certain media organizations should say in lieu of the 2th party this weekend, give to their own scholarship fund or something. >> you talk about the culture around the dinner, the preparty, the pre, preparty. >> i'm feeling sad for both of you. i'm getting you didn't get invited to the dinner. >> are you going to the dinner? >> i'm a guest of someone. i've been almost every year. i didn't go last year. i had this conversation with tom brokaw via e-mail. he made the big statement that he was not going again after having viewed kardashian and lindsay lohan. and so i agree with everything he said. it's superficial and gives the wrong message. it's all those terrible things. but i'm a reporter. i like to go and watch. i'm there to see the president of the united states. since he's there, i feel it's okay for me to be there. it's a fun night if you don't
mind standing in line. everyone is sweating, it's uncomfortable. >> every year, i have a column about this, i say i'm never going again, this is it. but gretta is an icon of the class. she shows up every year in the same tux. she's really mocking the whole thing in a way to her credit. i'm still going. >> it sounds to me like a football game. i hate the lines, they search you when you go, so i watch it on tv. the view is better from home. how do you look at this? are you going tonight? >> i'm not going. >> you and me are watching on tv. >> i think i'm too young to get invited. i think it's worth saying my experience of the white house press core prior to being in
washington is being a college student watching the run up to the iraq war. so for me seeing this really does give me the hee byby jeebys. stephen colbert used that platform to say something important. but i find it unseenly because you have this mixing of people who are supposed to have an adversarial relationship with the president kind of hanging out like he's a buddy. as much as i think obama is a good guy, that makes me feel uncomfortable. >> so what do you make of that? can you go to a dinner like this, laugh at the jokes, and still be an adversarial reporter? >> sure. the last time i went was when karl rove got drawn into a hip hop number and played a character called m.c. rove and it seemed very strange, although
i was laughing, i confess. >> it seems perfectly natural. >> there's a great line that politics is hollywood for ugly people. i can argue this one either way. i feel like a high school debater. on the one hand, there's something obvious corrupt about this intermingling and the other hand is get over it school, which is the politics are funny, if nothing else people write really good jokes for them. the comedian is really funny. stephen colbert moment, that was great. what's interesting about that and maybe that kbets to both sides of this. there was outrage at colbert for kind of breaking a code because he was so up front in being kind of angry within that humor. on the one hand it was great he was up there and it's good to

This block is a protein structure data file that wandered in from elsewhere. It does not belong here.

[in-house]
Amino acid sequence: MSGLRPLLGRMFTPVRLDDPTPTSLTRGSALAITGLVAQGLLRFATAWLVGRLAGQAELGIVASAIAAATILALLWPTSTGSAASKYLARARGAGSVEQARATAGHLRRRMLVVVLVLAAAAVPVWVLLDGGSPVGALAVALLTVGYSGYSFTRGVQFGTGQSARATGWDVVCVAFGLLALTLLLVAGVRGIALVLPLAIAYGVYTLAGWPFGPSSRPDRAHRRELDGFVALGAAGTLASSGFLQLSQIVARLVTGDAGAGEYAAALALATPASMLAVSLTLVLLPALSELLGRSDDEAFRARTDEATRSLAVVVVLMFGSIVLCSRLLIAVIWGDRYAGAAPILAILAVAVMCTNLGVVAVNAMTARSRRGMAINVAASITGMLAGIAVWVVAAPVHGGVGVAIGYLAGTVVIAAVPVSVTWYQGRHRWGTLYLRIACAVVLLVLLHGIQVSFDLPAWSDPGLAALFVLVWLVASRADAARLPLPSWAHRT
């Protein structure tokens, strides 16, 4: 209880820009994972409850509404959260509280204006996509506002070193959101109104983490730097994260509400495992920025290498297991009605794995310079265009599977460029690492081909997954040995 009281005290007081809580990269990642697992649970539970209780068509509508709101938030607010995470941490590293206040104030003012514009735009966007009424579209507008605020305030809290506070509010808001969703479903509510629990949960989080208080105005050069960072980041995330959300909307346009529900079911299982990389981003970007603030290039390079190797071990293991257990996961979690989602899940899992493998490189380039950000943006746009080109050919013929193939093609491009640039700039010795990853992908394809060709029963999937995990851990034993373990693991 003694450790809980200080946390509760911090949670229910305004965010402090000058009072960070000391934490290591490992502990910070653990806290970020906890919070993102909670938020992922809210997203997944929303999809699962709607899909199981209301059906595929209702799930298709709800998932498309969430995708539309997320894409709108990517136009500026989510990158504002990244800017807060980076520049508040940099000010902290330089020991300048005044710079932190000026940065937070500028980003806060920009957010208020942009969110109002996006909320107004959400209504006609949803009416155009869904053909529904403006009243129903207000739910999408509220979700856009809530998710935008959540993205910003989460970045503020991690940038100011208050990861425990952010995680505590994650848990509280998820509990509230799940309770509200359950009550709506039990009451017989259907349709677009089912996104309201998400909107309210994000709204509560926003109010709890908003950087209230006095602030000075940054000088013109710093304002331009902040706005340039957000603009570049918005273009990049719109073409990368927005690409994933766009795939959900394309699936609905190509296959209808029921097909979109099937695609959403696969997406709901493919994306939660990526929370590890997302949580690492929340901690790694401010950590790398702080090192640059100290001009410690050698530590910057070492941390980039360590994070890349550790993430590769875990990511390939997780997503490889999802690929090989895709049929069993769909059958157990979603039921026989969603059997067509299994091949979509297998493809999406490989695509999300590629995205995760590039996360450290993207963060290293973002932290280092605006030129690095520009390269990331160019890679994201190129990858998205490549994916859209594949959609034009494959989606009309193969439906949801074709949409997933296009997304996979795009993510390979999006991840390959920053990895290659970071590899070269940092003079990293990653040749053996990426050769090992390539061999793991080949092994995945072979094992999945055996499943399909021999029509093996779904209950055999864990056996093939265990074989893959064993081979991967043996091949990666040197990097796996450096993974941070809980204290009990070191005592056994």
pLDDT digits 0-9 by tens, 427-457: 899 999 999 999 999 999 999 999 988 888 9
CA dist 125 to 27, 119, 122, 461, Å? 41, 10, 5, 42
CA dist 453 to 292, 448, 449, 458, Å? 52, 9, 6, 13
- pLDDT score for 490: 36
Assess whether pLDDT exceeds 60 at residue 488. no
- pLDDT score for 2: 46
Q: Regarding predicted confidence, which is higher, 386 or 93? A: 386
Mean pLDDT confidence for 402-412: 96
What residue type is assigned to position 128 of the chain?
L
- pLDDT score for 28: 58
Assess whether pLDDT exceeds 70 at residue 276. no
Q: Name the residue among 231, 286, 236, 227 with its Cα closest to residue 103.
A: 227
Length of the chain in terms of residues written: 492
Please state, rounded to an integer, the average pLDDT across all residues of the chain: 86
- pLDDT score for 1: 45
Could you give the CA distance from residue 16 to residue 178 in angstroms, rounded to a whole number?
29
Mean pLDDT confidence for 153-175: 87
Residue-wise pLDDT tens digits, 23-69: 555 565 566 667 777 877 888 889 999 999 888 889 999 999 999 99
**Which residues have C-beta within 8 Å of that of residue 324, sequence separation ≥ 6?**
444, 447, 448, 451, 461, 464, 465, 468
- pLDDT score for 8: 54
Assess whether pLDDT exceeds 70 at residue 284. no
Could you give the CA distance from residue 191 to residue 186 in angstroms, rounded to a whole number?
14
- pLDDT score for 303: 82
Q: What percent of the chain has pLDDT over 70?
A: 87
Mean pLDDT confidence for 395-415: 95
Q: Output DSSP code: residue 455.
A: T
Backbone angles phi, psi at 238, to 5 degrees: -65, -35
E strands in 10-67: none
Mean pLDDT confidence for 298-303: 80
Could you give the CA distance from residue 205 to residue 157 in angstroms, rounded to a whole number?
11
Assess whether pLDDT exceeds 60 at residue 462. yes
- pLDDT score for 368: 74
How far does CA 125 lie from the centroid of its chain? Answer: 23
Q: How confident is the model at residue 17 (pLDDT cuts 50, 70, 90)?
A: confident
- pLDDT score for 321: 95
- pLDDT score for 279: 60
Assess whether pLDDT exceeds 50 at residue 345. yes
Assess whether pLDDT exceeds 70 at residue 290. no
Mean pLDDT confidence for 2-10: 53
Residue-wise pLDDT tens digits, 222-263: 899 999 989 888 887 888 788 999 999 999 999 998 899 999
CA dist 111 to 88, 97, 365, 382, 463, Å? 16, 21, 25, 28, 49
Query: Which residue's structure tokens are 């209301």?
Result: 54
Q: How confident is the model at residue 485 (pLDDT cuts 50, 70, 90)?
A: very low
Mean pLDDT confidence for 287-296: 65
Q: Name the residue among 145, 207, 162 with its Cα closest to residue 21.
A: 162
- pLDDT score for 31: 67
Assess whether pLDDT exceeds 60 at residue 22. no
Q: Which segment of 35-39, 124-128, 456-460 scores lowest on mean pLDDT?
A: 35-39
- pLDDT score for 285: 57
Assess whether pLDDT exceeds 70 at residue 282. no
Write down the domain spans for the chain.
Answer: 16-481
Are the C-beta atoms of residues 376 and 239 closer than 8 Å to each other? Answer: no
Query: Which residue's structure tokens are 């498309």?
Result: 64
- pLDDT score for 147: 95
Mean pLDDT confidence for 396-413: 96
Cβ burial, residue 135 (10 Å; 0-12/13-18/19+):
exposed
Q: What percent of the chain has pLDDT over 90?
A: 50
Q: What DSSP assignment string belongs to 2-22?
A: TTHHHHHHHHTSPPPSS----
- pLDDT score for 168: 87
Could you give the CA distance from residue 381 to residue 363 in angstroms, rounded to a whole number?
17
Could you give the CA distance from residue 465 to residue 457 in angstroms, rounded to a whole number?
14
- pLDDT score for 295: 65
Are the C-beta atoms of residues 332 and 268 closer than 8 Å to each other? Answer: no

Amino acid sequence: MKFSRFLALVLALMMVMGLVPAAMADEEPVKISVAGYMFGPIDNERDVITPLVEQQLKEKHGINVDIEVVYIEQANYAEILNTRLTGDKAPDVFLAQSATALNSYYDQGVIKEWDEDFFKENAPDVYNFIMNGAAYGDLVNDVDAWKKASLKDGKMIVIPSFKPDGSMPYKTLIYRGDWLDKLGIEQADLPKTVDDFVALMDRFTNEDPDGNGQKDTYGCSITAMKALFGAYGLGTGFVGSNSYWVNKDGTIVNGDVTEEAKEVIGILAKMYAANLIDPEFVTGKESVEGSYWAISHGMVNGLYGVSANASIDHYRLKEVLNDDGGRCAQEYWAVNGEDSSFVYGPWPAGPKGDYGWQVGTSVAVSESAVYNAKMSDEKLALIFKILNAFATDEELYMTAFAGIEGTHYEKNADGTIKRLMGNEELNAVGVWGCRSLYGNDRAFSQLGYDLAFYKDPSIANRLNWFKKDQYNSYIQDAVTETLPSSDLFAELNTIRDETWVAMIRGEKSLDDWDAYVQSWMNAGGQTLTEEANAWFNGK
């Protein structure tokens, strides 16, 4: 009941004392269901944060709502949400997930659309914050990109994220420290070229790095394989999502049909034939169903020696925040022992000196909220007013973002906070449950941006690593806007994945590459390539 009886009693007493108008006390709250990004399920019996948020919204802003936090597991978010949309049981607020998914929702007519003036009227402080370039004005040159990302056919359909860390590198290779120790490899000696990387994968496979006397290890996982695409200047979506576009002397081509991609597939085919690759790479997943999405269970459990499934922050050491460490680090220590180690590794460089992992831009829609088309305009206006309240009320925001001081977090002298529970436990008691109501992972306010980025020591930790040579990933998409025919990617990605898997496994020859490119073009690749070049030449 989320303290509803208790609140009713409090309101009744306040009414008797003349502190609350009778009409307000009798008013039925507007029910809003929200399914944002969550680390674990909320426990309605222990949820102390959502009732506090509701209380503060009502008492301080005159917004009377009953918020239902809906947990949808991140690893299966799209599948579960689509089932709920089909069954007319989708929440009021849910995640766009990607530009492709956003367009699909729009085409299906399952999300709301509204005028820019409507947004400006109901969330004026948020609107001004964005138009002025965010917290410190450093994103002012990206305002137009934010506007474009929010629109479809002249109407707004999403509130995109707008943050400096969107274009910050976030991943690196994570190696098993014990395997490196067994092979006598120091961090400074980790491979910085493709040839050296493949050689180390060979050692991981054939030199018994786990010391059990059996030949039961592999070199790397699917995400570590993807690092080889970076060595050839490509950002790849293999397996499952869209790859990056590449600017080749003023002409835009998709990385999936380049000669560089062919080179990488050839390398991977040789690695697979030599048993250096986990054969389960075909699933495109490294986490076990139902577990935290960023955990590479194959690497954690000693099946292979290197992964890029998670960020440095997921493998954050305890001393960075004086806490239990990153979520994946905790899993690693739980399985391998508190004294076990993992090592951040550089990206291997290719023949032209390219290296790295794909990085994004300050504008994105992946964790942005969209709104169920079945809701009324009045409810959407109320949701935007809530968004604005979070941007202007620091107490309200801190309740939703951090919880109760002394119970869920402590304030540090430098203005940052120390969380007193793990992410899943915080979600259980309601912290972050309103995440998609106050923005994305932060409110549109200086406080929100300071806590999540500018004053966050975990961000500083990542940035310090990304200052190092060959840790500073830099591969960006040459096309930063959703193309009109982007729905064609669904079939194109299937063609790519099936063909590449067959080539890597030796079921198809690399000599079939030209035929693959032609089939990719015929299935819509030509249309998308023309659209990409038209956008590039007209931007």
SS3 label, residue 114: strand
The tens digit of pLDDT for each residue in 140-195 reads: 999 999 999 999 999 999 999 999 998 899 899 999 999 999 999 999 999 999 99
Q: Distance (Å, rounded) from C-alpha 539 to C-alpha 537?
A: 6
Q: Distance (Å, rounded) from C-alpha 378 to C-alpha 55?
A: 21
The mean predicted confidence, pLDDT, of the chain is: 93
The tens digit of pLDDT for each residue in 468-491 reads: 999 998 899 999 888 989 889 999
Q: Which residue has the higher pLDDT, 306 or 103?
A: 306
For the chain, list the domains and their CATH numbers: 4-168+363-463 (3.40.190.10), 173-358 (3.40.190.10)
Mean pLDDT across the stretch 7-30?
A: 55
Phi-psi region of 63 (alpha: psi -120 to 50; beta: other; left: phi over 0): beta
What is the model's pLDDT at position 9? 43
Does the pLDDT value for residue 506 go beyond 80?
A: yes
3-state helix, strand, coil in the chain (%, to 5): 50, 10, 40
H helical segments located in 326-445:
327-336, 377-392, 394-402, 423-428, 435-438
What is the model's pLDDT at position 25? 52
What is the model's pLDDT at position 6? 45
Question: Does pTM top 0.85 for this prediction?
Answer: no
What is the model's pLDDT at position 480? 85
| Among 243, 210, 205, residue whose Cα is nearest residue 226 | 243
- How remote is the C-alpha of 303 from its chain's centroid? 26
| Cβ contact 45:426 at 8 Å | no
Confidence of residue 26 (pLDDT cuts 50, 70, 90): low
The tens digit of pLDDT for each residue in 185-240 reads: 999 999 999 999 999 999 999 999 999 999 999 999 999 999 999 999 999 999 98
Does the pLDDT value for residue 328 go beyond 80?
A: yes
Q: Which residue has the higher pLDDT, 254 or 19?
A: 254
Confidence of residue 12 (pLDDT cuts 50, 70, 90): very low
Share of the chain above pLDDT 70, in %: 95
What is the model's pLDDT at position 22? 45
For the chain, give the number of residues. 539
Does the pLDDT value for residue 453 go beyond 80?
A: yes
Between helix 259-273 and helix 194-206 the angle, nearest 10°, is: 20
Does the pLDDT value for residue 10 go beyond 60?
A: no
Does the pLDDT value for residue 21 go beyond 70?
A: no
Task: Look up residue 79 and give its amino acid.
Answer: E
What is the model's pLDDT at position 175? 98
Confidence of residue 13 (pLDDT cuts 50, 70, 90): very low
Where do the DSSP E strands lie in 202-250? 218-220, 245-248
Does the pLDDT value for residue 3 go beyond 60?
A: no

have presidents make fun of themselves, but that showed there's something odd. >> the interesting thing about that colbert one is in the write-up the next day, "the new york times" didn't mention it at all. they mentioned george bush had a double with him. they wrote about that and then they realized most of the attention outside of washington had been on stephen colbert's speech so they corrected themselves. we kind of missed this one. so that's the dinner. i will be watching it tonight. >> but we're going to move on to a couple things in the news this week. there's a lot going on. we have all these things to get to. people are are talking about. the clintons overnight tim kaine became the late toast throw his support behind hillary clinton. this came a few days after bill clinton spoke at georgetown university and delivered a
deflgsz of his economic record as president. to head off trouble on the left for hilary. >> how many times i have read from the left bitter criticism about what a slug i was to sign the balanced budget of ' 96 lowering the capital gains rate. i did it but we had the money to do it and it was the price i paid to e get the children's health insurance program and all that education stuff and i would do it again tomorrow in a heartbeat. >> so the legacy of bill clinton on economic issues and domestic issues, it plays a role in how the democratic party looks at him and i found that speech so interesting because when i look at the clinton years, i think the speech was two hours, which was short for bill clinton. i think you could make a case to be satisfying to the liberal
base but he forged this alliance. talk about what happened in 2008. how does the left look at bill clint clinton's legacy as president? >> i'm not going to speak for the entire left -- >> just half of it. >> a quarter of the left, i think for labor oriented liberals, they see the clinton administration as a disaster. you have the gutting of organized labor or the continued gutting of organized labor. you have the emergence of this real relationship between the democratic party and wall street and sort of the corporate world. u and even if some of those liberals and folks on the left may have seen the long-term effective it has been new to the democratic party's ability to speak on populous issues. it's been to orient the